You know what happens when you see your dreams come true? You lose your mind. Apparently I tweeted, “I WILL OWN A BB-8 DROID. IT IS MY DESTINY,” and the next morning found myself walking into the nearest tech retailer, plunking down my cash, and walking out with the very first BB-8 they sold.

I was unbelievably psyched. I’d go home, do a Google search for all the API information for BB-8, and start writing some code to program my own droid. How cool is that?

It didn’t work out that way. Although Sphero - creator of BB-8 under licence from Disney - has full documentation and APIs for all of its other delightful toys, there was nothing for BB-8. Nothing at all. Through some backchannels I learned this was a considered decision of the Empire - err, I mean Disney.

I had a nearly forty-year itch that still needed scratching. Fortunately a friend pointed me at Tickle, an iOS app that integrates the Scratch programming language - pioneered at MIT’s Media Lab, and now used throughout the world to introduce youngsters to coding - with the Internet of Things. Tickle already had integration for Sphero’s toys, but nothing for BB-8, until a few weeks later. In a software update I suddenly had full control over my BB-8 - and in a programming language anyone could learn.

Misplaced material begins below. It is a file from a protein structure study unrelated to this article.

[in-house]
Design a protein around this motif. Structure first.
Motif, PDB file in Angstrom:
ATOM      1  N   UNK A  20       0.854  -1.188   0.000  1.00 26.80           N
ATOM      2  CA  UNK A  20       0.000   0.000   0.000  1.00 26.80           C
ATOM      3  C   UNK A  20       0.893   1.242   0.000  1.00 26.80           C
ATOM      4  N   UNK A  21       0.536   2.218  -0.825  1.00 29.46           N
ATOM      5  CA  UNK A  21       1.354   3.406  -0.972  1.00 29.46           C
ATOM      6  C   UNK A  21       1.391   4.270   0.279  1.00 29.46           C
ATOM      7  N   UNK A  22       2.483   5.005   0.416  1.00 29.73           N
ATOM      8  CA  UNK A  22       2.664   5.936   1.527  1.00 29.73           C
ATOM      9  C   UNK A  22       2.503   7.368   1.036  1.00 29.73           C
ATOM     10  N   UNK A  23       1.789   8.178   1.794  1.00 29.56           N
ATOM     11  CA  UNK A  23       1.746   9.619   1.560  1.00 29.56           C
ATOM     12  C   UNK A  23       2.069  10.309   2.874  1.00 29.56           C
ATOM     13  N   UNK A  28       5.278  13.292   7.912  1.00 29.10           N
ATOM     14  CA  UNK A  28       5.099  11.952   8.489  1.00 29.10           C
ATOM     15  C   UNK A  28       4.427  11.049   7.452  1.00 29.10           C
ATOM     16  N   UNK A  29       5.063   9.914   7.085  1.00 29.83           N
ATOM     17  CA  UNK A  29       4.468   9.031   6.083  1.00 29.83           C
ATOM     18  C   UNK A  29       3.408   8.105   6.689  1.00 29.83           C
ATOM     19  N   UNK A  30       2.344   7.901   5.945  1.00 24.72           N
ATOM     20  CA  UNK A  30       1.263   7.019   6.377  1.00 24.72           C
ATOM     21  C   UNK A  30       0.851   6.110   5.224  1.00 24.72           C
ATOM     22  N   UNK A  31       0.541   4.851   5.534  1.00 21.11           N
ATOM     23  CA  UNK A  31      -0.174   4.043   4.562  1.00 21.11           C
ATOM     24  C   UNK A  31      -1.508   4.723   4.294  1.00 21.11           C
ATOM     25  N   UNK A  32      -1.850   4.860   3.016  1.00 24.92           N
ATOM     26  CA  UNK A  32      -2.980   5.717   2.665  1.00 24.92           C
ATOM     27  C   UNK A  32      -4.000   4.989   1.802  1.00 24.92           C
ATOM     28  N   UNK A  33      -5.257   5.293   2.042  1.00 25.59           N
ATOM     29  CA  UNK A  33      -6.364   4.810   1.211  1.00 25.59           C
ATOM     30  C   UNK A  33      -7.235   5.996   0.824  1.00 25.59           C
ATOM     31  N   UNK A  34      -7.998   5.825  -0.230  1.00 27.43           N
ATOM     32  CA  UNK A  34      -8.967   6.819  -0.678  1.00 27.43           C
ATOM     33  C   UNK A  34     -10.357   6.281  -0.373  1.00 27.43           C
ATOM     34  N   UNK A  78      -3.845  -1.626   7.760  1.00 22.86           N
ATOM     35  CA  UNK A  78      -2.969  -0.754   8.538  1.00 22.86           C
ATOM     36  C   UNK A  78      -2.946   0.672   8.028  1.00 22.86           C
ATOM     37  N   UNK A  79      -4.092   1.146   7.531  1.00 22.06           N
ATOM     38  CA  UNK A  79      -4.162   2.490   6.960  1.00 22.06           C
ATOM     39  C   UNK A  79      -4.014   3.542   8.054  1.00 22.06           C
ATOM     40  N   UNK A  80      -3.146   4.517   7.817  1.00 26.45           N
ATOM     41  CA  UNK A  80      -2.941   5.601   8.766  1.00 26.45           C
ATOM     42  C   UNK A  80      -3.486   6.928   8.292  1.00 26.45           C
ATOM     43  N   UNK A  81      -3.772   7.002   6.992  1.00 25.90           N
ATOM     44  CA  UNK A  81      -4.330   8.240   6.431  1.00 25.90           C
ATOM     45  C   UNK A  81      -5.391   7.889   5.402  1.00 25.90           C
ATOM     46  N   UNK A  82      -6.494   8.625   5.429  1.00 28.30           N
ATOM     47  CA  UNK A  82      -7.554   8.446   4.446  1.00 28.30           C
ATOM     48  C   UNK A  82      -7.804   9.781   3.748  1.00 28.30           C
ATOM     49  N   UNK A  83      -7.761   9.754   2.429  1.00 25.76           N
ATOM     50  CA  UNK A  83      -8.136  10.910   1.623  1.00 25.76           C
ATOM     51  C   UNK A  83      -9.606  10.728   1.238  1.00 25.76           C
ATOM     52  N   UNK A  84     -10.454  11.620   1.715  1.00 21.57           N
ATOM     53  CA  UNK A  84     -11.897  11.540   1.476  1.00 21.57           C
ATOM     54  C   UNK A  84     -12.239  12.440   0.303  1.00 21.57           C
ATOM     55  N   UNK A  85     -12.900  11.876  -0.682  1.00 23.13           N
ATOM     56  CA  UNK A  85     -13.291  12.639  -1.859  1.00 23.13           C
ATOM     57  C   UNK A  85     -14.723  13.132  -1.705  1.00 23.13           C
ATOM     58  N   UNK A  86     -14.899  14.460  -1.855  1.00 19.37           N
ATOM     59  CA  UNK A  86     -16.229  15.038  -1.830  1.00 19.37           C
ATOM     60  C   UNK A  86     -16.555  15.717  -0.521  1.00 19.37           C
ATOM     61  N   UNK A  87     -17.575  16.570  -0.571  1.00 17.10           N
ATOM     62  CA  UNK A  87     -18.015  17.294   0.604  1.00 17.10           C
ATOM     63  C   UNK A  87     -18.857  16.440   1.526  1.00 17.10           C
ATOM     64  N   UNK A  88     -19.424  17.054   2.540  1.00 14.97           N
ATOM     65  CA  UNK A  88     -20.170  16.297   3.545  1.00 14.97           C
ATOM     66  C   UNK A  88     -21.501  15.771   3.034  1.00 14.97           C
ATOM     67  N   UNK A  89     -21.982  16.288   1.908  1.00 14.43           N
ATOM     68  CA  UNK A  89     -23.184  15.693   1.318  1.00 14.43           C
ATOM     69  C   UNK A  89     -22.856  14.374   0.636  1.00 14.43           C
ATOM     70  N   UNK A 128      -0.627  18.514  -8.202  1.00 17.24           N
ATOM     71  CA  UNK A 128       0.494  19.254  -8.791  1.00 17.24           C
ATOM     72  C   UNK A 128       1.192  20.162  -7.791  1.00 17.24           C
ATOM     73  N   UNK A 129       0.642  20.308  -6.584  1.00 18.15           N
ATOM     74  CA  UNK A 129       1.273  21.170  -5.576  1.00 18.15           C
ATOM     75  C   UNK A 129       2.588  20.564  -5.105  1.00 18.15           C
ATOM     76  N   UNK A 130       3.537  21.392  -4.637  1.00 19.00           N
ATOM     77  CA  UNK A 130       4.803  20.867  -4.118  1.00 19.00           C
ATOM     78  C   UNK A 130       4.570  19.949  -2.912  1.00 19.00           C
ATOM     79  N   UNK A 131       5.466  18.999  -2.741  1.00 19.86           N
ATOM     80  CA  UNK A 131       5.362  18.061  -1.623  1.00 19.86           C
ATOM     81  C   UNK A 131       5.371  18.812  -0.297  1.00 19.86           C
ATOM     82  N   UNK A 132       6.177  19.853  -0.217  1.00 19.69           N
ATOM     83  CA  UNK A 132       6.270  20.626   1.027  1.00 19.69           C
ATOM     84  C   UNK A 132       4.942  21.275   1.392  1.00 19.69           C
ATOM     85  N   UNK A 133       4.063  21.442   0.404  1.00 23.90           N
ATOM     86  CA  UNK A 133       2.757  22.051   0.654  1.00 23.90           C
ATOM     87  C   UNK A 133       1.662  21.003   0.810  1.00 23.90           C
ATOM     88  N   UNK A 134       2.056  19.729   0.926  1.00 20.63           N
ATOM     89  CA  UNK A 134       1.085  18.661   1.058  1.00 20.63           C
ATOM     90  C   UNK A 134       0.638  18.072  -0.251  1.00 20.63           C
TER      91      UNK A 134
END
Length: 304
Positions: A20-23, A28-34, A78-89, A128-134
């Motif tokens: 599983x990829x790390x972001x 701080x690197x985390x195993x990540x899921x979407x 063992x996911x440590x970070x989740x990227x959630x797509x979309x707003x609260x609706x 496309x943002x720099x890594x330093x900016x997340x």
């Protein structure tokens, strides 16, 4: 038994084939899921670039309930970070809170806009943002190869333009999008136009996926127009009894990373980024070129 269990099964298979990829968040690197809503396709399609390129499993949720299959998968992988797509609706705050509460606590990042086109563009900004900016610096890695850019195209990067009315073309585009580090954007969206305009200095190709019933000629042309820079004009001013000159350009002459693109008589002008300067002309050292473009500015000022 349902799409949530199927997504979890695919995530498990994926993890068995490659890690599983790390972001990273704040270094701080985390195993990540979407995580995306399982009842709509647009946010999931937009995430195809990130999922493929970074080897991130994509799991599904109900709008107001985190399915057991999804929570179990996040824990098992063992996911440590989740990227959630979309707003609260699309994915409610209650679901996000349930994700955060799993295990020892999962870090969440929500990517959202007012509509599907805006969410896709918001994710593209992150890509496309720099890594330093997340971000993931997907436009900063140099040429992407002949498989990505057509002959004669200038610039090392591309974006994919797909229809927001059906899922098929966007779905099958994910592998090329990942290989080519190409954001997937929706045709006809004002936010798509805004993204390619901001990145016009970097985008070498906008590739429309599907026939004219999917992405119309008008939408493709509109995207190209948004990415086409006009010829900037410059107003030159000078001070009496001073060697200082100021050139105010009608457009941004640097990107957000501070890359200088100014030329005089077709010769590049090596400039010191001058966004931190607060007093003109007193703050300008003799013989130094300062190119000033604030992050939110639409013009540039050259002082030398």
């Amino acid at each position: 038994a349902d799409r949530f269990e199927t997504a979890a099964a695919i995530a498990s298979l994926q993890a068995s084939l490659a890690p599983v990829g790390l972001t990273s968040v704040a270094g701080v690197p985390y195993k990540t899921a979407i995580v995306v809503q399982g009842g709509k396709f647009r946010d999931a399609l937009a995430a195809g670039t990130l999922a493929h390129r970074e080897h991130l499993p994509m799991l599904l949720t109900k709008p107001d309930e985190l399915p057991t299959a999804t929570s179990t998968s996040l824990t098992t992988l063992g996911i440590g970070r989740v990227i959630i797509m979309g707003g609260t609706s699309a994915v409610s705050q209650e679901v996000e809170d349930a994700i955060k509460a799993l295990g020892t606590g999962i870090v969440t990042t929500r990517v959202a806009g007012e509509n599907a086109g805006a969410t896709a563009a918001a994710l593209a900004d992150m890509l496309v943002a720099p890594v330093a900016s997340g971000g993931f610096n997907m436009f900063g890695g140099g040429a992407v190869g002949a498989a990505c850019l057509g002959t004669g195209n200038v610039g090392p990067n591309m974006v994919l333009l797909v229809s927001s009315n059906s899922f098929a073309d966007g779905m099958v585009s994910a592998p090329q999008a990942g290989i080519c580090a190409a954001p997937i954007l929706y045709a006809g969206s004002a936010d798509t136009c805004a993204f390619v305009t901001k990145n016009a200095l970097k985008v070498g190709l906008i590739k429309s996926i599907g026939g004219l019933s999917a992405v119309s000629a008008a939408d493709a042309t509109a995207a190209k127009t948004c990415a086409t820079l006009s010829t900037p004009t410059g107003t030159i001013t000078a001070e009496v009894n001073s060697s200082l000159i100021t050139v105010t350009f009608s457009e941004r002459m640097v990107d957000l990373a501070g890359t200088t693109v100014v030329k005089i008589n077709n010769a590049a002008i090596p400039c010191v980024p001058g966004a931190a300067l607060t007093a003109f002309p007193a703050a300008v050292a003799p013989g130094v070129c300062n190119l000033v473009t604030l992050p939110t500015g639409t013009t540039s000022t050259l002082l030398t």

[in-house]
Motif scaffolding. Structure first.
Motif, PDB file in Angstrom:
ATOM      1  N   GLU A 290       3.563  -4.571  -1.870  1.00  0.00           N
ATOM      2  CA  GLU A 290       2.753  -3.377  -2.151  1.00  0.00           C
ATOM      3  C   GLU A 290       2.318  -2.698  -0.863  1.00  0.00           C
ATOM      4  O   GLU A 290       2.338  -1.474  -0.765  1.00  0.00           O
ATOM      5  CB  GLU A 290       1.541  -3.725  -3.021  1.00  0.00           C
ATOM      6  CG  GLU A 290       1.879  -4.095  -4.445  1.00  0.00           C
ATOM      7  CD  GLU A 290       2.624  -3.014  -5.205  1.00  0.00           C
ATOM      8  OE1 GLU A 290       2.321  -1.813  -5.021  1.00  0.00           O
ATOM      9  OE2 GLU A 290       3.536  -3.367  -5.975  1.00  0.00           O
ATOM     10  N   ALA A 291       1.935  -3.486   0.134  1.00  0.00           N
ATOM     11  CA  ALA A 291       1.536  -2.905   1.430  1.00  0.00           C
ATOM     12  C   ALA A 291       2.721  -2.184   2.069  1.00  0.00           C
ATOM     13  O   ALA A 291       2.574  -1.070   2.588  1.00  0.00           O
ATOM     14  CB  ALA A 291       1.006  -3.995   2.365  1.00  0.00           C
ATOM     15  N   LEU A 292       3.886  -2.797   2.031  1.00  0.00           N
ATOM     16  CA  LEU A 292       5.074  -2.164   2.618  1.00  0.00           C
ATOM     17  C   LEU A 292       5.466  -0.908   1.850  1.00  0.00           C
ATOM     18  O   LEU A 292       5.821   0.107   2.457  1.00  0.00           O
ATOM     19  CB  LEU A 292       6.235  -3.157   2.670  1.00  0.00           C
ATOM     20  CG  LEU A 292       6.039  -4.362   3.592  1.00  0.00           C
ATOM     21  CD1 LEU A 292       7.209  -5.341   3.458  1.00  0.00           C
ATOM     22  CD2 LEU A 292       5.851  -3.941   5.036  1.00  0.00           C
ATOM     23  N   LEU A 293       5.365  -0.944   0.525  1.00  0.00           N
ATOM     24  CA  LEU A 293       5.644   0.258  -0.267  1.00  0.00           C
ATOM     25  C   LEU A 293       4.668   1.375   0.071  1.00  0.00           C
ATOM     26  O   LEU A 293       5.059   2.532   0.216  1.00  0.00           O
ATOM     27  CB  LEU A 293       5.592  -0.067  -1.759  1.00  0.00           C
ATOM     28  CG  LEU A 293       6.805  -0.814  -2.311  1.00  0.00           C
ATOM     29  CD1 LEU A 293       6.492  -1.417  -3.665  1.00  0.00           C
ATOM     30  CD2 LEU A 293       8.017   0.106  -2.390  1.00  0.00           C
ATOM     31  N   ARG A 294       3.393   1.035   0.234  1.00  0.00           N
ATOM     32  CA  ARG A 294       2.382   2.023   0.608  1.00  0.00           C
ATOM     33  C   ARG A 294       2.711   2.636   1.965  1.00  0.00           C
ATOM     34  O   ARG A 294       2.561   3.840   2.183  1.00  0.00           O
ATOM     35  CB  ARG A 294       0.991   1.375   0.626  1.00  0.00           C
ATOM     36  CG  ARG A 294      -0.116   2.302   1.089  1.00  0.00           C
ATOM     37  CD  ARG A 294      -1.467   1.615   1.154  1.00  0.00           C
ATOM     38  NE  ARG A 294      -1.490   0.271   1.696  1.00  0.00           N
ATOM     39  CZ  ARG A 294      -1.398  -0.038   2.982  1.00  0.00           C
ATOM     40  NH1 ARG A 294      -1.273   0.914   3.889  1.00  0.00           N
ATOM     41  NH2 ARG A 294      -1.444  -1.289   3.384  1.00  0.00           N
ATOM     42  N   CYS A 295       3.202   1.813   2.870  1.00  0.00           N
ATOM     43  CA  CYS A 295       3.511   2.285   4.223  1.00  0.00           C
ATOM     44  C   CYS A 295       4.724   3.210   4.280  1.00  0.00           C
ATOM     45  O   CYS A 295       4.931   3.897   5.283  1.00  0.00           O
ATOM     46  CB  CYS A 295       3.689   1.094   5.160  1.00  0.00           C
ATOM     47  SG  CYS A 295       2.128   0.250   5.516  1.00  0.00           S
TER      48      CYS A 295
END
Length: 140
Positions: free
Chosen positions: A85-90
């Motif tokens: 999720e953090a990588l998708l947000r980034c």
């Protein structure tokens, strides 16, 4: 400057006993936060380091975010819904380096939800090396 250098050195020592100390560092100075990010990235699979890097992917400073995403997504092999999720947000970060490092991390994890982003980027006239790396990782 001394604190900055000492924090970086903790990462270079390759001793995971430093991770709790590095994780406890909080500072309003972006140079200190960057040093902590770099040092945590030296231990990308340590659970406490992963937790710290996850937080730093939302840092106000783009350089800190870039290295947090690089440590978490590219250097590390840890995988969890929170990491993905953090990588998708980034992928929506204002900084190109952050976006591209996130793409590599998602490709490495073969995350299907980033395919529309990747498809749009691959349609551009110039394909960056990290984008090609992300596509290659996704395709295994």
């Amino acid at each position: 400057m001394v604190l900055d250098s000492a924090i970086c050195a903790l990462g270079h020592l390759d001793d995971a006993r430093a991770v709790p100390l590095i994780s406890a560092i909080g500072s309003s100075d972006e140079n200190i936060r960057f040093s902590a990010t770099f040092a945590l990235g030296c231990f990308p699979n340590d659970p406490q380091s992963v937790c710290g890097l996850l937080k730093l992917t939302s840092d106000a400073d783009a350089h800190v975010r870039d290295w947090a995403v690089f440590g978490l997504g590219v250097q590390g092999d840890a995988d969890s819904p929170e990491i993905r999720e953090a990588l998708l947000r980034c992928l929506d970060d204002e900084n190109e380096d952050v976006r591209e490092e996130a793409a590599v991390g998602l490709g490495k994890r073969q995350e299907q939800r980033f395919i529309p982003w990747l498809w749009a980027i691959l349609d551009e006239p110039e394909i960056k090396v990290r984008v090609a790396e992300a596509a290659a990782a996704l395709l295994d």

Much of my precious downtime over the last few months has been dedicated to writing little programs for my BB-8. It’s just the beginning of what’s possible, now that I can program my own droid. (For all you pseudo-Santas out there: BB-8 plus Tickle are an excellent way to introduce a young mind to the joys of robots and physical computing.)

Just one more thing...

It’s very early days for BB-8. Disney will loosen up - eventually - and recognise the value of integrating BB-8 with other elements in the tech ecosystem. If we want BB-8 to have the kind of interior life we associate with R2D2, it’s going to need a lot more than a smartphone for a brain. BB-8 needs a vast, distributed artificial intelligence - something quite a bit like a concatenation of IBM’s Watson (for thinking) and Apple’s Siri (for natural language parsing and iOS integration).

When we shoehorn Watson and Siri into BB-8, I can tell my droid, “Go play with the cat,” and off it will roll, beeping and blinking and ready for the encounter.

Faithful friend, indeed.

Wishing all a very Merry Christmas and a Happy, Prosperous New Year! ®

Other stories you might like

  • It's one thing to have the world in your hands – what are you going to do with it?